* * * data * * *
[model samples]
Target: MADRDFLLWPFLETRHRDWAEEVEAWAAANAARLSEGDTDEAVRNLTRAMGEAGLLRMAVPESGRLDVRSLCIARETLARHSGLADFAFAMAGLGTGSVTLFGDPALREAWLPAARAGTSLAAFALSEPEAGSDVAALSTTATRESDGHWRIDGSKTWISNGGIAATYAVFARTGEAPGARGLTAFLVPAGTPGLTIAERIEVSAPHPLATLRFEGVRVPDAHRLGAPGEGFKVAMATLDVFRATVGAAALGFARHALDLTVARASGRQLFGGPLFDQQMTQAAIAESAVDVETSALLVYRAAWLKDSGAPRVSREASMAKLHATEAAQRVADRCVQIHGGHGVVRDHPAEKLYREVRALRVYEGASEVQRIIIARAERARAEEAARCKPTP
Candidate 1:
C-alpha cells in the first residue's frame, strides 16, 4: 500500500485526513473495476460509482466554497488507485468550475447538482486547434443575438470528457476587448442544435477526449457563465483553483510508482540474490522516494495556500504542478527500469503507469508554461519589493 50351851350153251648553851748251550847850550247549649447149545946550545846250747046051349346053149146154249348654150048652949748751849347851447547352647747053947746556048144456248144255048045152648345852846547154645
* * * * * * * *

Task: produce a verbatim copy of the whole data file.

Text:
[model samples]
Target: MADRDFLLWPFLETRHRDWAEEVEAWAAANAARLSEGDTDEAVRNLTRAMGEAGLLRMAVPESGRLDVRSLCIARETLARHSGLADFAFAMAGLGTGSVTLFGDPALREAWLPAARAGTSLAAFALSEPEAGSDVAALSTTATRESDGHWRIDGSKTWISNGGIAATYAVFARTGEAPGARGLTAFLVPAGTPGLTIAERIEVSAPHPLATLRFEGVRVPDAHRLGAPGEGFKVAMATLDVFRATVGAAALGFARHALDLTVARASGRQLFGGPLFDQQMTQAAIAESAVDVETSALLVYRAAWLKDSGAPRVSREASMAKLHATEAAQRVADRCVQIHGGHGVVRDHPAEKLYREVRALRVYEGASEVQRIIIARAERARAEEAARCKPTP
Candidate 1:
C-alpha cells in the first residue's frame, strides 16, 4: 500500500485526513473495476460509482466554497488507485468550475447538482486547434443575438470528457476587448442544435477526449457563465483553483510508482540474490522516494495556500504542478527500469503507469508554461519589493 50351851350153251648553851748251550847850550247549649447149545946550545846250747046051349346053149146154249348654150048652949748751849347851447547352647747053947746556048144456248144255048045152648345852846547154645